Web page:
Tel Aviv Pride 2016 is scheduled for June 3–5. For people who work hard and whose time is precious, a trip to Tel Aviv is rewarding in and of itself. Adding the experience of Tel Aviv Pride can make it a life changer.

OUTstanding Travel offers boutique and customized packages that vary from length of desired travel to respective areas of interest. Tours range from those focused entirely on history and culture to a tour specifically for the Tel Aviv Pride — or you can opt for a combination of both. Couples packages and a planned lesbian group tour are also available. If you have enough time, you can also add an excursion to the Kingdom of Jordan or a European city, such as Rome, Madrid or Barcelona in conjunction with a tour of Israel. An invaluable resource for information on travel to Tel Aviv Pride and other destinations of interest in the country is the Israel Ministry of Tourism. You can visit their webpage at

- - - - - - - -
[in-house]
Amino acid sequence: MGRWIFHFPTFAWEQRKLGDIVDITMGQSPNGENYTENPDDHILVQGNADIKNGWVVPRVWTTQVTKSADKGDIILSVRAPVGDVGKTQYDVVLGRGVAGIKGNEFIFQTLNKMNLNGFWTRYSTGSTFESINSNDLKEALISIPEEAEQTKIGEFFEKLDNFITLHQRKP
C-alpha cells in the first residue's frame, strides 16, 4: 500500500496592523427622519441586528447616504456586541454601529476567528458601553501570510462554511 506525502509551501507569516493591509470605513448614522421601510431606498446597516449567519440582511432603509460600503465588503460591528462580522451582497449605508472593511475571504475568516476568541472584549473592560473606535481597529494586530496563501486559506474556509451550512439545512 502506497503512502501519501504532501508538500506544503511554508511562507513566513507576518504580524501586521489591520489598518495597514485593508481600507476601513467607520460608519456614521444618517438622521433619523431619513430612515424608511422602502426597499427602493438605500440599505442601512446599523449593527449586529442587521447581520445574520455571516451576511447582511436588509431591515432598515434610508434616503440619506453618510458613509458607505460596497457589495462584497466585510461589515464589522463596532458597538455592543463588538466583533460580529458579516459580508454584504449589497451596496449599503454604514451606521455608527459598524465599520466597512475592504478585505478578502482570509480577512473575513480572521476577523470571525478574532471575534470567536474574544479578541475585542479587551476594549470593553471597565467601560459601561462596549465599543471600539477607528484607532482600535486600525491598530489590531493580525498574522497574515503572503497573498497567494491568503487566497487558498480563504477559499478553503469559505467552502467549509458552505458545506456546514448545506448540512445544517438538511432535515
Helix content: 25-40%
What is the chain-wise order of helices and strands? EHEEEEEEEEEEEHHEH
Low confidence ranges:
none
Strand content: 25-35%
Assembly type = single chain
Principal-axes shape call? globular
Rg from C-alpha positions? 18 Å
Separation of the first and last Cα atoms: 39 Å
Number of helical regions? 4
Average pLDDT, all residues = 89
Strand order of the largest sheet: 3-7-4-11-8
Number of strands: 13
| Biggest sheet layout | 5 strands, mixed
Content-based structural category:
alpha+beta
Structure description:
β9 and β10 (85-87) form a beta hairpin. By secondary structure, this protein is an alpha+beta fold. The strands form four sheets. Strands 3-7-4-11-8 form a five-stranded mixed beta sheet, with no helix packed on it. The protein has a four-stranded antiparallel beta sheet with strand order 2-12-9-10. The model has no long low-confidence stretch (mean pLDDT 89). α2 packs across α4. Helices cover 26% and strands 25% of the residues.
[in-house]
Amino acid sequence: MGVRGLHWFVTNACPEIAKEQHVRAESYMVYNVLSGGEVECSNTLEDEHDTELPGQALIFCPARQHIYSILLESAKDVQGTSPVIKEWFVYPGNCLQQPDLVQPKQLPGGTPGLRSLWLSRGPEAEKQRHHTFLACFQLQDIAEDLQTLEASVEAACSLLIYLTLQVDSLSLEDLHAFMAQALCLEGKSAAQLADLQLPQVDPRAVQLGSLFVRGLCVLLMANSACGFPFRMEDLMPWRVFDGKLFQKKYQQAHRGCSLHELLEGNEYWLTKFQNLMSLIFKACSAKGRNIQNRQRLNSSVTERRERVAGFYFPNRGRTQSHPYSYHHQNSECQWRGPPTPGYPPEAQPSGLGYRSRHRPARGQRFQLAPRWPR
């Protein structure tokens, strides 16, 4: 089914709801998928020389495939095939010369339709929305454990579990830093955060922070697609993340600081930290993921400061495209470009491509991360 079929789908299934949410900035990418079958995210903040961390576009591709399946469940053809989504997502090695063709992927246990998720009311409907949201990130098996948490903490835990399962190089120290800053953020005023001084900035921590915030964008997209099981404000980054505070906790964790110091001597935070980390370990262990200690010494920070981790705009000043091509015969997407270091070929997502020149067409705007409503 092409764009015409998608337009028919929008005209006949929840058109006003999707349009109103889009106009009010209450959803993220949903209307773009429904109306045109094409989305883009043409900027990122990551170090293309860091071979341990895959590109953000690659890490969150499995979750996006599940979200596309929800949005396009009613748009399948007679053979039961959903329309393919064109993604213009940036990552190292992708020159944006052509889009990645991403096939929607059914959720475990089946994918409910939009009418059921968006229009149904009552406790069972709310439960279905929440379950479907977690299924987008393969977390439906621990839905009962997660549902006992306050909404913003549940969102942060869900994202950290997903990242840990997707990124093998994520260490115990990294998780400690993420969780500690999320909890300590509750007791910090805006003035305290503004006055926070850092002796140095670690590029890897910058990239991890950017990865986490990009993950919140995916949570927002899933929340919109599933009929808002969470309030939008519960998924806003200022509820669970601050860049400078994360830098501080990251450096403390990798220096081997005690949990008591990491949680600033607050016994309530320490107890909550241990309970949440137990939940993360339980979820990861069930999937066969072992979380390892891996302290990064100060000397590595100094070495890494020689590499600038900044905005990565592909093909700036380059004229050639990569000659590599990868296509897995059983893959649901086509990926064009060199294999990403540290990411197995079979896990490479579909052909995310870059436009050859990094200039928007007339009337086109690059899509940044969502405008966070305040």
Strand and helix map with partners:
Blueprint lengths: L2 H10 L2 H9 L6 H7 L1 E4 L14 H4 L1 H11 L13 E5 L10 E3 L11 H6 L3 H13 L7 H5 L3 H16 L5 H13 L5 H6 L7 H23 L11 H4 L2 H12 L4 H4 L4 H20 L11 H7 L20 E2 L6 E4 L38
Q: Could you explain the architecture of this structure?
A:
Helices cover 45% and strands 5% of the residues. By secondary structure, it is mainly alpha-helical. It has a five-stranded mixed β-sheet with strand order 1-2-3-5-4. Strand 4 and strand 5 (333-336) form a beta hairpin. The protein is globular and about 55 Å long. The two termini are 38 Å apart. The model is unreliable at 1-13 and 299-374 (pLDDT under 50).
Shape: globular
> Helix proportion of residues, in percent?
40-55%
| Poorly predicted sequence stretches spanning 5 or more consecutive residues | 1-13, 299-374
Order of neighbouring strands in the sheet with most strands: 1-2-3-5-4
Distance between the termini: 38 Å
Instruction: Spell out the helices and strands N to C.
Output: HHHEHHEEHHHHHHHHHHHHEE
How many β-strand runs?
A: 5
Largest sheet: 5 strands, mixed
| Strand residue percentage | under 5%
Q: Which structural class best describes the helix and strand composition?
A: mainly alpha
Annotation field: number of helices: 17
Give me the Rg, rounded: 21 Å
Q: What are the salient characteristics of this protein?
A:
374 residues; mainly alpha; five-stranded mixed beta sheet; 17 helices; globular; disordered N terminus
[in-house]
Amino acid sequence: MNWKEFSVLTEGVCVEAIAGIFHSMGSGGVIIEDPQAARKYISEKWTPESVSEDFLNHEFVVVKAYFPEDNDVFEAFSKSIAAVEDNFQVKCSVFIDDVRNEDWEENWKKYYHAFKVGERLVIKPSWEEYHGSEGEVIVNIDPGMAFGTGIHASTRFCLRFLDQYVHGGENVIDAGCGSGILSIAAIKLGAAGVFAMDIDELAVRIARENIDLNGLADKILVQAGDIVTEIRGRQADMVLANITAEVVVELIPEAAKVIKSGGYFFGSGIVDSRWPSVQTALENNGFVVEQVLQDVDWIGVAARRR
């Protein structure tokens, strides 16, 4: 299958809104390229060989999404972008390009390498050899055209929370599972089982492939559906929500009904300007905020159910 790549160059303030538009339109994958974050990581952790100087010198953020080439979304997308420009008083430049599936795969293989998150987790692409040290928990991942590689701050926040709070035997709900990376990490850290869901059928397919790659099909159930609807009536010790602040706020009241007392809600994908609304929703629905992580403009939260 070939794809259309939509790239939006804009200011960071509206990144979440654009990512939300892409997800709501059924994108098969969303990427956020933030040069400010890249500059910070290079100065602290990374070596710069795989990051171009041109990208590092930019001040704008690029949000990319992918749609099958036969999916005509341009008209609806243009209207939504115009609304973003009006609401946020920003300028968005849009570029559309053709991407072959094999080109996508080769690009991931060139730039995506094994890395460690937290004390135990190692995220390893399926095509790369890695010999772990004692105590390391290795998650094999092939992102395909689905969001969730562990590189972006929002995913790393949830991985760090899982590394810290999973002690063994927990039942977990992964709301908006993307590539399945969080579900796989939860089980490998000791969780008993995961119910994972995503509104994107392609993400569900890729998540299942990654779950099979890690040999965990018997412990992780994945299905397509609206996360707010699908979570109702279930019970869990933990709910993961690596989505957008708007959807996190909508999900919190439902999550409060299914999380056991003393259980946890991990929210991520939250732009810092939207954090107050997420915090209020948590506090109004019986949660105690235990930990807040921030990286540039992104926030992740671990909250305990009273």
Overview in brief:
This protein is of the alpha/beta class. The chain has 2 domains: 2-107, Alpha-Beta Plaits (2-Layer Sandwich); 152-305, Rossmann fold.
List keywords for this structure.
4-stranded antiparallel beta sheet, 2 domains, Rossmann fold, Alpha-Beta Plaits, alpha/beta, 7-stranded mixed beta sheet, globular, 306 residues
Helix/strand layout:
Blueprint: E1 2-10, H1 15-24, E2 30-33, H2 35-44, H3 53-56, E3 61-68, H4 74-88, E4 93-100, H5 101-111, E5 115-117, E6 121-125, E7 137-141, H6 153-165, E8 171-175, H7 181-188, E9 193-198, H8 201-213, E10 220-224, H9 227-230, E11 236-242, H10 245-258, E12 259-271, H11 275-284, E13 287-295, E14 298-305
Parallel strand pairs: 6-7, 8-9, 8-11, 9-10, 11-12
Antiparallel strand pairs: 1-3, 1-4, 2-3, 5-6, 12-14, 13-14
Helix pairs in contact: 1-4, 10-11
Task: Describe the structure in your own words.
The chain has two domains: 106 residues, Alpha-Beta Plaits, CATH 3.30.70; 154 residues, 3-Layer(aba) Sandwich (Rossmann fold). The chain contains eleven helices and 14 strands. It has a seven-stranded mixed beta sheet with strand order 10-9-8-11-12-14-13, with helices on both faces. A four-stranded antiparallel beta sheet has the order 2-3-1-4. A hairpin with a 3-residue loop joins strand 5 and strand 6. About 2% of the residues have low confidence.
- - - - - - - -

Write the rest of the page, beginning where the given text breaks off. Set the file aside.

Visiting Jerusalem offers the unique opportunity to explore historic landmarks of faith for Jewish, Christian and Muslim people. What is remarkable about this ancient city is the fact that it attracts such an incredibly diverse number of people who all see it as a place of pilgrimage. Despite the differences, there is a communal air of veneration within the city walls that’s palpable. The Temple Mount is a religious site for Jews, Muslims and Christians, and it’s home to the Dome on the Rock. There are specific times to visit, and Muslims are the only ones allowed to enter. However, anyone can appreciate the magnificent bronze dome from a number of locations throughout Jerusalem’s Old City.While in the Old City visitors can also head to the Jewish Quarter, where you can find the Western Wall, a place where a divine presence is said to be felt by those touching the same wall that so many others have touched. Yearnings for redemption and renewal often connect people who might otherwise have nothing else in common. Visitors can also walk through the Christian Quarter and visit the resplendent Church of the Sepulchre. In the Muslim Quarter is the Via Dolorosa. The streets are adorned in remarkable Islamic architecture. You should also stop by the open-air market known as the Shuk. There merchants sell T-shirts with a wide array of political messages, such as Israeli Defense Force; Free Palestine; Yasser Arafat; Che Guevara: Palestina Libre; Super Jew and Don’t Worry America, Israel is Behind You right next to one another. You can also find all manner of merchandise with Marvel superheroes, U.S. sports teams and Hard Rock Café Jerusalem logos in the same stalls where you can pick up religious items from various faiths. A fourth quarter in Jerusalem, the Armenian Quarter, is home to a moderately sized Armenian population. Although it is predominantly residential, it also contains assorted ceramic shops, restaurants, the Armenian Monastery and churches of various denominations, including Syrian Orthodox, Maronite, Greek Orthodox and Anglican.